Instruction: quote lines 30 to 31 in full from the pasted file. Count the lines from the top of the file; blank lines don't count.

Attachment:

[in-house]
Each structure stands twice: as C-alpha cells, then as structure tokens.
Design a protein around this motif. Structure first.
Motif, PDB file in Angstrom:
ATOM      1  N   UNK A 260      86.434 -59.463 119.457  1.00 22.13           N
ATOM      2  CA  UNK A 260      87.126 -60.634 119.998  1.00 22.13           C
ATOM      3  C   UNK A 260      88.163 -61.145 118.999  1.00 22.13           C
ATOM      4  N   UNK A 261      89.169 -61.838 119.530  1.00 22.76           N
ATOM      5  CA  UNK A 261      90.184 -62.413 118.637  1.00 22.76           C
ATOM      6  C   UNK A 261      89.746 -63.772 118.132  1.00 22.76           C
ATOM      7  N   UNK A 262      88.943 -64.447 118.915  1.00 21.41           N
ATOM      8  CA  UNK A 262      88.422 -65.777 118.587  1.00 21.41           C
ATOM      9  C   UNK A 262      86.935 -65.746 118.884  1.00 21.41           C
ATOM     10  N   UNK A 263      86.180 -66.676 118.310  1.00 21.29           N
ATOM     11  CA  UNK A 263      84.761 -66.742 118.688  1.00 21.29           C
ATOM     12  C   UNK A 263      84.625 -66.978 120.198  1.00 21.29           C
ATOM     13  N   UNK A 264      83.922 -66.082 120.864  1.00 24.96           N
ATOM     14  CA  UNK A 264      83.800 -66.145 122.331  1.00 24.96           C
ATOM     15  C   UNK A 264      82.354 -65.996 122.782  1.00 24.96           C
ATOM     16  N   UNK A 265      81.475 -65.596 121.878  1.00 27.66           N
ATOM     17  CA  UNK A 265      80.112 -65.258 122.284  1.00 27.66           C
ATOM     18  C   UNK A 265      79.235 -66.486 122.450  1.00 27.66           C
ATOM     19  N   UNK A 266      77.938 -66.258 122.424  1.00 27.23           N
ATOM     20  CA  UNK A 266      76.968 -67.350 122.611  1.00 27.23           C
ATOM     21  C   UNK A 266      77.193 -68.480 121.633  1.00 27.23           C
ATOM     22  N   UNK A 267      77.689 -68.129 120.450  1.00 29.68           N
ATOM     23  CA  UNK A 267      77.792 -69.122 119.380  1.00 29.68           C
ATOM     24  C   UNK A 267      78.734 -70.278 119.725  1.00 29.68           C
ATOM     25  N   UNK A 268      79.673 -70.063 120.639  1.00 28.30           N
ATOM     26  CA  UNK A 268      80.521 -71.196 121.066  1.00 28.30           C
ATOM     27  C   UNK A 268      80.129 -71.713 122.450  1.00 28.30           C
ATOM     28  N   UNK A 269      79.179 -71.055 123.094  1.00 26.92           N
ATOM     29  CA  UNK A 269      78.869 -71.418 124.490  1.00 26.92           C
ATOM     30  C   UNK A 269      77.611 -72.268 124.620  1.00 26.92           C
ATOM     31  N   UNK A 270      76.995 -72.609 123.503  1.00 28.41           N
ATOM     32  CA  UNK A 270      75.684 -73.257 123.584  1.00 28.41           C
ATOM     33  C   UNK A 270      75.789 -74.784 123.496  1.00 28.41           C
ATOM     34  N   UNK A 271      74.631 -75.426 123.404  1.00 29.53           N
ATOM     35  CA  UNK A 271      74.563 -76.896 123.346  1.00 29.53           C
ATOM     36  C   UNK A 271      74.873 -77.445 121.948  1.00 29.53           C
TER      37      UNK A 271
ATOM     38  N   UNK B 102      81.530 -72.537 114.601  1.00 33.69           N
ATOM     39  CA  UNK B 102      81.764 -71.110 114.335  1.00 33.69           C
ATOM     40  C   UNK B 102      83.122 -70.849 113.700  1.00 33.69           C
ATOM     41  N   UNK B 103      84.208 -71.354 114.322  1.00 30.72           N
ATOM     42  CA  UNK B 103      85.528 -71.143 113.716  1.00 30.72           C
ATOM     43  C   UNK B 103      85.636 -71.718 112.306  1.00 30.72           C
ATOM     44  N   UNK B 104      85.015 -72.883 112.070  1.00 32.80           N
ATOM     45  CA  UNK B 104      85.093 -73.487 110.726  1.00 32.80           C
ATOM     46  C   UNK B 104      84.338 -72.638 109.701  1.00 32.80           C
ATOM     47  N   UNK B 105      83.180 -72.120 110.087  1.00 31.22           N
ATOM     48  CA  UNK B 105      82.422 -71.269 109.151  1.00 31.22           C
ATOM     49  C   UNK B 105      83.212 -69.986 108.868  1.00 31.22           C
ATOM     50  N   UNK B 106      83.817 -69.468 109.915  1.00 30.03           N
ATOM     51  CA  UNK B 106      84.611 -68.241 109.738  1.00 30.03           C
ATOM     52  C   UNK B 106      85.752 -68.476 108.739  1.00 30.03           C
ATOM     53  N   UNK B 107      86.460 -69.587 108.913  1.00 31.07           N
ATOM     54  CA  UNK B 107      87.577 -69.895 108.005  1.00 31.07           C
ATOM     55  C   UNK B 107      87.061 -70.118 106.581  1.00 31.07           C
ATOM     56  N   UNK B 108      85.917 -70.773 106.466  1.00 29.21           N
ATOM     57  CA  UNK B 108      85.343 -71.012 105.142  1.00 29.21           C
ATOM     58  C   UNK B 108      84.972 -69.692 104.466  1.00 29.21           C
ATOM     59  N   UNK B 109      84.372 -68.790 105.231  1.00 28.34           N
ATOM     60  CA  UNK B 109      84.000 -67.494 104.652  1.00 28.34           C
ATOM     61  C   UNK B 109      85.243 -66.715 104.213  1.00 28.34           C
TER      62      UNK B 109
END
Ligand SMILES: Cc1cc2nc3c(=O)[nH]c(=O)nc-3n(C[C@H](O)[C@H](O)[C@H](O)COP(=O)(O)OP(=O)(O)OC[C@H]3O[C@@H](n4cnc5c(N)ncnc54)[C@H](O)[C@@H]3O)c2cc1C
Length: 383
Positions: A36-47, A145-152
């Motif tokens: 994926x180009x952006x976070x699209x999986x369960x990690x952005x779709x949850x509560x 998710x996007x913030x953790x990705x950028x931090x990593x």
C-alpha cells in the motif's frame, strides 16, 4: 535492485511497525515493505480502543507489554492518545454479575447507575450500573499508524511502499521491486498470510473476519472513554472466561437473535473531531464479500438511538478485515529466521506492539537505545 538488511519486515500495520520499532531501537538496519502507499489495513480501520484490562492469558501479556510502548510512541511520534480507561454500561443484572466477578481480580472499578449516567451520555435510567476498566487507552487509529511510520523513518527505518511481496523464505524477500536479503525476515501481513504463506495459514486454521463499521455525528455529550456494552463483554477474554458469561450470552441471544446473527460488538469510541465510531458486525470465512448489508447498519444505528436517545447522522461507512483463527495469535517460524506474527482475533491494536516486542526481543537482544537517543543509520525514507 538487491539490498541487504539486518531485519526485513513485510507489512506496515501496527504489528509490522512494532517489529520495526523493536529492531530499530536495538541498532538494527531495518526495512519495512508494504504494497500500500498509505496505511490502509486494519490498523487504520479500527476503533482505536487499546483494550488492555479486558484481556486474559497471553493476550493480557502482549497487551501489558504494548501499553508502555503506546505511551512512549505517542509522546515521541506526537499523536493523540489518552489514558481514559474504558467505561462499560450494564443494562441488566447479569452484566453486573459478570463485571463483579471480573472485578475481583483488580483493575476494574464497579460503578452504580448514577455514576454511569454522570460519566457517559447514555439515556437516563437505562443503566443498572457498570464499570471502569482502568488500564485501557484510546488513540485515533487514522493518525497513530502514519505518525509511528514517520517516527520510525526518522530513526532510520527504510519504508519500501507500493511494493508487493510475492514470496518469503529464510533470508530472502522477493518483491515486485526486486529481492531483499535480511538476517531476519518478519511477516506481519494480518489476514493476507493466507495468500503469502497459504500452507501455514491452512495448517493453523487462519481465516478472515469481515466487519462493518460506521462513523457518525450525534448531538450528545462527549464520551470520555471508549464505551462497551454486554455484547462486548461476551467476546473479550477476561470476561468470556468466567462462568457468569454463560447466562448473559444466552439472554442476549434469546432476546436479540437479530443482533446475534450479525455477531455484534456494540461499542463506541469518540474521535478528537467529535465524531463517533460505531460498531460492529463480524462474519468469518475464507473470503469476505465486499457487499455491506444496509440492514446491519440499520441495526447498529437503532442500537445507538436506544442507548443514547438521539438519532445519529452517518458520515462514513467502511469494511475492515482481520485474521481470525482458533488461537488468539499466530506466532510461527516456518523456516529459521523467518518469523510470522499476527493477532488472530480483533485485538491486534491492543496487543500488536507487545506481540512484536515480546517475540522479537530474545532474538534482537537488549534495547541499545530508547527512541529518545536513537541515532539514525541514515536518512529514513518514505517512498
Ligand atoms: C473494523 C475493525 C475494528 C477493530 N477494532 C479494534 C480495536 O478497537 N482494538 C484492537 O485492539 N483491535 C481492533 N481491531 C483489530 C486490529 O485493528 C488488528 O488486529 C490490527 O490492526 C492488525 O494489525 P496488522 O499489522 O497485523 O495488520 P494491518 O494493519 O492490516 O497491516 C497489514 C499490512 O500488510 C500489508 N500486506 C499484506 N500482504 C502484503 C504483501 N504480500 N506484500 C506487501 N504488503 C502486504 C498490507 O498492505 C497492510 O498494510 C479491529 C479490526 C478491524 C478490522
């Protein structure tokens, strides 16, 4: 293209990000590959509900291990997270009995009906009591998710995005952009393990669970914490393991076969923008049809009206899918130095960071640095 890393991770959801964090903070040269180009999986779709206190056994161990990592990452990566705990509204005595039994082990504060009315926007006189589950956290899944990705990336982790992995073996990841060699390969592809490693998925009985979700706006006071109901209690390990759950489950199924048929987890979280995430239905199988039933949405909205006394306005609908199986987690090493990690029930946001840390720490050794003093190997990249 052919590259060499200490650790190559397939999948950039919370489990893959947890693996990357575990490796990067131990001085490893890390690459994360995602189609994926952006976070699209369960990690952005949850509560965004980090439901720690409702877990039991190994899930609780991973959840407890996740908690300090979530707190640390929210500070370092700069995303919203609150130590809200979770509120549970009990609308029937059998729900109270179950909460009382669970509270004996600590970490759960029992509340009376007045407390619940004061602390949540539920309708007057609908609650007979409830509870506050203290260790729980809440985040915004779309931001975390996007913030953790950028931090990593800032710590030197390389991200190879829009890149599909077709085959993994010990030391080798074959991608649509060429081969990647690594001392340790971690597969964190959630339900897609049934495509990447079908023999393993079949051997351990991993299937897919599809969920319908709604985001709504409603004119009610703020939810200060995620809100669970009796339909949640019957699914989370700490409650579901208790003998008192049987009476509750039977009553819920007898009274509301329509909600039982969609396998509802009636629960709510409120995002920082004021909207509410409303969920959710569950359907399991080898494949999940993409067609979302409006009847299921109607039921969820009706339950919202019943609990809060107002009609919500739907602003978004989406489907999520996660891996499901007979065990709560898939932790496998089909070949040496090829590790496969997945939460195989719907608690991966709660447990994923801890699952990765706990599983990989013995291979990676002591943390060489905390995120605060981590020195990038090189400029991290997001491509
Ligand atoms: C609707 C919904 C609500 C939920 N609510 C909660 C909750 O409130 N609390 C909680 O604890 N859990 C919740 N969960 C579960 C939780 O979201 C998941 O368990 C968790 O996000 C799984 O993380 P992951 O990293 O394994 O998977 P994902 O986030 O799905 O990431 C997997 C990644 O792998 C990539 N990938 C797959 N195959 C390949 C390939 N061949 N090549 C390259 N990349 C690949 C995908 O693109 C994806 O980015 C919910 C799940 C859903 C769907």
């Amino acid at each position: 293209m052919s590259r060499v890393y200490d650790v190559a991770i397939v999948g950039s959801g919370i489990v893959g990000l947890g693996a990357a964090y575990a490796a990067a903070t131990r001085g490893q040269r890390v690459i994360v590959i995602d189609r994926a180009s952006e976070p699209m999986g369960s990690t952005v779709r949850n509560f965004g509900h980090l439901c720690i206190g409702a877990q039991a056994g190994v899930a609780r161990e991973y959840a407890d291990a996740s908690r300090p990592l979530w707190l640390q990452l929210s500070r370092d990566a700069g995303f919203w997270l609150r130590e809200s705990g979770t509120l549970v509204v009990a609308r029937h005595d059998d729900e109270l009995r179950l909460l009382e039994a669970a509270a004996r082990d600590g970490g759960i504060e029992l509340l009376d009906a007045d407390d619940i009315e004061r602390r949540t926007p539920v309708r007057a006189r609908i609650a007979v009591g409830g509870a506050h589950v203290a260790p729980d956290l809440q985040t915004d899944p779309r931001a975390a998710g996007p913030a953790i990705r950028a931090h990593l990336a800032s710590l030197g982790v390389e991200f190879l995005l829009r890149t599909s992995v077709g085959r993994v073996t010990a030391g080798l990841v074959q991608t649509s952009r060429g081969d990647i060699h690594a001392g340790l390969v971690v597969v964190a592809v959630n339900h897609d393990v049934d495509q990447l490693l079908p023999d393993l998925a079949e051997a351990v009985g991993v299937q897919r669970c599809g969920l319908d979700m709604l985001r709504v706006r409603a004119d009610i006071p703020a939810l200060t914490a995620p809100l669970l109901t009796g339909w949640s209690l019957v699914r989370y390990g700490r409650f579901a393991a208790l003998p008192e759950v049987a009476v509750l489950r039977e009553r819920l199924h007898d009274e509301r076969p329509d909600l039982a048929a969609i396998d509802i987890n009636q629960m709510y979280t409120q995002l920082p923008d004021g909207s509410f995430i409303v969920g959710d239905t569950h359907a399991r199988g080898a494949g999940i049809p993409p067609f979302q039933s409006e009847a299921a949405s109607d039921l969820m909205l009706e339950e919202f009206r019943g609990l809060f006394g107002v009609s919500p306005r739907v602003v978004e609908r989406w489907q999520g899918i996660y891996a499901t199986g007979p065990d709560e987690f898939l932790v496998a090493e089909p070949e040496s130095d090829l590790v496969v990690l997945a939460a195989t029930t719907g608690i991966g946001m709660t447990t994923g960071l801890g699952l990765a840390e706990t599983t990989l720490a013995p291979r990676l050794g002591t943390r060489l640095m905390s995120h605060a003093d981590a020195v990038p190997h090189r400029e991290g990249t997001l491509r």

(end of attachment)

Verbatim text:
ATOM     26  CA  UNK A 268      80.521 -71.196 121.066  1.00 28.30           C
ATOM     27  C   UNK A 268      80.129 -71.713 122.450  1.00 28.30           C